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World J Gastroenterol. 2013 Aug 28;19(32):5238-49. doi: 10.3748/wjg.v19.i32.5238.

DNA methylation in inflammatory bowel disease and beyond.

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Gastrointestinal Unit, Department of Medicine, Massachusetts General Hospital, Harvard Medical School, Boston, MA 02114, United States.


Inflammatory bowel disease (IBD) is a consequence of the complex, dysregulated interplay between genetic predisposition, environmental factors, and microbial composition in the intestine. Despite a great advancement in identifying host-susceptibility genes using genome-wide association studies (GWAS), the majority of IBD cases are still underrepresented. The immediate challenge in post-GWAS era is to identify other causative genetic factors of IBD. DNA methylation has received increasing attention for its mechanistical role in IBD pathogenesis. This stable, yet dynamic DNA modification, can directly affect gene expression that have important implications in IBD development. The alterations in DNA methylation associated with IBD are likely to outset as early as embryogenesis all the way until old-age. In this review, we will discuss the recent advancement in understanding how DNA methylation alterations can contribute to the development of IBD.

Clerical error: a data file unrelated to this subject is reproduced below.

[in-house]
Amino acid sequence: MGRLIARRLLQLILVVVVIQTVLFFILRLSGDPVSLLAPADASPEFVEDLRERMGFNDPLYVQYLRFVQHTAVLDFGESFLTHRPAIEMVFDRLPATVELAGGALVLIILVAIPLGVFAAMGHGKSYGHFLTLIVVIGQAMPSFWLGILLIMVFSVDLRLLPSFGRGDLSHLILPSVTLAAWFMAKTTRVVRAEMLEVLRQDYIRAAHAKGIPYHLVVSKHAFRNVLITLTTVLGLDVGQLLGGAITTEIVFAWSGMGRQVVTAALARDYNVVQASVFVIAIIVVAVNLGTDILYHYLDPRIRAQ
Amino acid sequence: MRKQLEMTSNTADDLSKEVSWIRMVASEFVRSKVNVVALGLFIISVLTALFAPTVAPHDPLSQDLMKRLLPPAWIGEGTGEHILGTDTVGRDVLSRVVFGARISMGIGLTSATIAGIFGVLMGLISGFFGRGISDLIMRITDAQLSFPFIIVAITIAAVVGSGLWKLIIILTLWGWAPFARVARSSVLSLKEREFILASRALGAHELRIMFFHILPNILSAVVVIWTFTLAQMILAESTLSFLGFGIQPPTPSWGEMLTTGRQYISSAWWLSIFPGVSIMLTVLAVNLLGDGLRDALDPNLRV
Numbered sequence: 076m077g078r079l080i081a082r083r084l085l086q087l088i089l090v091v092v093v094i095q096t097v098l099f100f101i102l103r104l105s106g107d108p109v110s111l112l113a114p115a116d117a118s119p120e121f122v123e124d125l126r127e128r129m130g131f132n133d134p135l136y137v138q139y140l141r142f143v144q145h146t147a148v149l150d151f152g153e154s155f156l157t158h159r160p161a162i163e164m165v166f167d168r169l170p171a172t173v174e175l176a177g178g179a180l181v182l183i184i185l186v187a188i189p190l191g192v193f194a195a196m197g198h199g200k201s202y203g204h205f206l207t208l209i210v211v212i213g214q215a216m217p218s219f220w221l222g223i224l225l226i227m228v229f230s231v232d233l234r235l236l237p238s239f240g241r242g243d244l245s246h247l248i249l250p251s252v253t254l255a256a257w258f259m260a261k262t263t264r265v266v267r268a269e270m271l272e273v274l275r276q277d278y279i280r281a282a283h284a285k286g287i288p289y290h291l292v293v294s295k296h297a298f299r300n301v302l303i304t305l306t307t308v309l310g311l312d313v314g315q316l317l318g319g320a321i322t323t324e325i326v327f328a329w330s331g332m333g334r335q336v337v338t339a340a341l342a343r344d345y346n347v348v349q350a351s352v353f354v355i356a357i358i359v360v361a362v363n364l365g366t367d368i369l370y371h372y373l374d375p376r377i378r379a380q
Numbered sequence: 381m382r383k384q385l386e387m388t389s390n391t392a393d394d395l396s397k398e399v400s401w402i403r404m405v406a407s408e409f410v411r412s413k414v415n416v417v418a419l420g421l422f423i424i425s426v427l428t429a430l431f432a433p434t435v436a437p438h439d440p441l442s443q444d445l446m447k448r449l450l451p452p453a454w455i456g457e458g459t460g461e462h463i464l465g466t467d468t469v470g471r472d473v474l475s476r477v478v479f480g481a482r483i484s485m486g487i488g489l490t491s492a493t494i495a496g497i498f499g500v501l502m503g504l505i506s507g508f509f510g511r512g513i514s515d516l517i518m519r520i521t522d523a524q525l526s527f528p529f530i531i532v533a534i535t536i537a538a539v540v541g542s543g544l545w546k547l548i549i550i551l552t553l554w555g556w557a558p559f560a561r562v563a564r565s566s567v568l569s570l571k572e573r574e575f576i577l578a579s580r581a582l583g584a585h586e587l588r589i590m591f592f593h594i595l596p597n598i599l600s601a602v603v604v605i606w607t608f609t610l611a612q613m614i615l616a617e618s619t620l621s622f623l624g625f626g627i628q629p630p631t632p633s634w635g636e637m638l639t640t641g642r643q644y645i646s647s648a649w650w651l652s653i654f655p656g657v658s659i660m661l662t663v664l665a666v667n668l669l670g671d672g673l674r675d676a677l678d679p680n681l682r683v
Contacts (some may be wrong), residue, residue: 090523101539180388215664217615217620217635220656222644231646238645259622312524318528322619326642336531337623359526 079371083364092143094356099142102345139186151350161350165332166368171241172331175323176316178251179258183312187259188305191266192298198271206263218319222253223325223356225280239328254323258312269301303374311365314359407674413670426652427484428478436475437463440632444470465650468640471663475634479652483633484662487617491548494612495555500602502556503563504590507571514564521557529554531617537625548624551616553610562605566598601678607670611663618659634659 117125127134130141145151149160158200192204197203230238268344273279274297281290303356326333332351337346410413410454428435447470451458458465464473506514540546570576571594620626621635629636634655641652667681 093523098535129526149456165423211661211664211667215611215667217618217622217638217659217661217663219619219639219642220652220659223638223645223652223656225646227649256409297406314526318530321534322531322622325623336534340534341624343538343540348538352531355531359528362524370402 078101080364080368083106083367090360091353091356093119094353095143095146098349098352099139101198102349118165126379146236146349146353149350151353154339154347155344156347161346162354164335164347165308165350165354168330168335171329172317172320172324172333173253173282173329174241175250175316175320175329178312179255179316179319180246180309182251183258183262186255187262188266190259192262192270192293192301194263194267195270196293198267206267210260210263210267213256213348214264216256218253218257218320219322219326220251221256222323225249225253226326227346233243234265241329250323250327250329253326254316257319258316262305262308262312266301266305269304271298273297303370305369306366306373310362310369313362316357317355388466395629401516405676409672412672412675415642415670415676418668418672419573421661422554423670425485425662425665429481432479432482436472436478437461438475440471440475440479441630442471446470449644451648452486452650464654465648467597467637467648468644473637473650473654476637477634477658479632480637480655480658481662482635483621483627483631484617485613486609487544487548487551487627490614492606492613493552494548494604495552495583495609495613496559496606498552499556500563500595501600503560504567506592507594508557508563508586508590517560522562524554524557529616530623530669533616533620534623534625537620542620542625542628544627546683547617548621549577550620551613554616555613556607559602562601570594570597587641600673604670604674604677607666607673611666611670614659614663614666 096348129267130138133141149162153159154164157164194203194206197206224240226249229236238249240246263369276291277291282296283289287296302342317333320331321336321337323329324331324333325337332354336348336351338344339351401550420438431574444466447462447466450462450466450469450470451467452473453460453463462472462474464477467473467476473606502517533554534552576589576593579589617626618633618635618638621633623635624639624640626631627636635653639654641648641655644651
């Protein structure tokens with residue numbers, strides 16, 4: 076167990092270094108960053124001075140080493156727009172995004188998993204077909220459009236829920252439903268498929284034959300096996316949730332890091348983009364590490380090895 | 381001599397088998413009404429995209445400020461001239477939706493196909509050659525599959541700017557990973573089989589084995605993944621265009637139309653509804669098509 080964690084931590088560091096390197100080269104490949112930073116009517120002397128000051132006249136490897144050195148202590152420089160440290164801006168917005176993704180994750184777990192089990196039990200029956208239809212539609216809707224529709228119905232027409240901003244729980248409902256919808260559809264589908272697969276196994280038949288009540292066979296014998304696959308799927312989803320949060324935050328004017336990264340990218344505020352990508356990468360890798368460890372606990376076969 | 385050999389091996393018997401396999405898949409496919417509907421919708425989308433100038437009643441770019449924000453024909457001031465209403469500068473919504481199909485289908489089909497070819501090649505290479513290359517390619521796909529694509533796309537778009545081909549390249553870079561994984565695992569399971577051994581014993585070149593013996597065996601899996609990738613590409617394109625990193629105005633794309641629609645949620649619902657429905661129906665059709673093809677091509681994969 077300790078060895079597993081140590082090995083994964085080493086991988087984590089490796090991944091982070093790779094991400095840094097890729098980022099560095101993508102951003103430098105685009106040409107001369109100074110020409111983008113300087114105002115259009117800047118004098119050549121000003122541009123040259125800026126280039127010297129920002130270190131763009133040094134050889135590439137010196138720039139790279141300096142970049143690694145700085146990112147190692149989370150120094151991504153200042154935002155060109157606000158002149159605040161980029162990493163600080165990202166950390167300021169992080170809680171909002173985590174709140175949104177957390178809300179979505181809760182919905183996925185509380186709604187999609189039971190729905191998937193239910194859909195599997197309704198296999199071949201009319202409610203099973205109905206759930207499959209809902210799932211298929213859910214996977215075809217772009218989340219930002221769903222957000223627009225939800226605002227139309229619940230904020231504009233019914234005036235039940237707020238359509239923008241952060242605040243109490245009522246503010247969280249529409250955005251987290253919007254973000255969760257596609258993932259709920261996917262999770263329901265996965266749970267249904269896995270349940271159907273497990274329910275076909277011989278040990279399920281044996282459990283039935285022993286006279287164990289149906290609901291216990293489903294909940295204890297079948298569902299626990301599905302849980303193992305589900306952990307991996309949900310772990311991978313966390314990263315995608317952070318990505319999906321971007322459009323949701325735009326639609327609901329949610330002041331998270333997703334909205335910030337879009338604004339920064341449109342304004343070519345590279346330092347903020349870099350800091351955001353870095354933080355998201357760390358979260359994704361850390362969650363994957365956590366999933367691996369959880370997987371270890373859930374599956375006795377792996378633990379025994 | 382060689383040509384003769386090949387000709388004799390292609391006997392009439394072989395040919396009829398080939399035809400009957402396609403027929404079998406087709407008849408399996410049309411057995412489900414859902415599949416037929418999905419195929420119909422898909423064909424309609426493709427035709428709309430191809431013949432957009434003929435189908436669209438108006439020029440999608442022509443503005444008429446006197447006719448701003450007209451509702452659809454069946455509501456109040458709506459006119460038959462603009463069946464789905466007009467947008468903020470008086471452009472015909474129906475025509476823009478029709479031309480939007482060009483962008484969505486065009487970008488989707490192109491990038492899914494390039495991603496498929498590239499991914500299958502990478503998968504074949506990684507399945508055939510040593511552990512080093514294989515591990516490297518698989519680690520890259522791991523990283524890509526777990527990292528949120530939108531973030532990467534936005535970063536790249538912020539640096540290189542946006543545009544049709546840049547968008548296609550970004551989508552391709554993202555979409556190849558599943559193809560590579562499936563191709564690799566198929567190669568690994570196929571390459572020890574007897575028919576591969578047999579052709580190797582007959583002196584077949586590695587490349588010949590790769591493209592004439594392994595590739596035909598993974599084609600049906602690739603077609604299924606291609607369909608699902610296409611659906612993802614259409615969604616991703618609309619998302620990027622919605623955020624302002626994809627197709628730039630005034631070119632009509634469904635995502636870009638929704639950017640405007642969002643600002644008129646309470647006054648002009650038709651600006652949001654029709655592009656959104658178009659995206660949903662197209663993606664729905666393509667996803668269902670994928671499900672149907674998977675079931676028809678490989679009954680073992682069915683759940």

Colitis; Crohn’s disease; DNA methyltransferase; Epi-therapy; Intestinal inflammation

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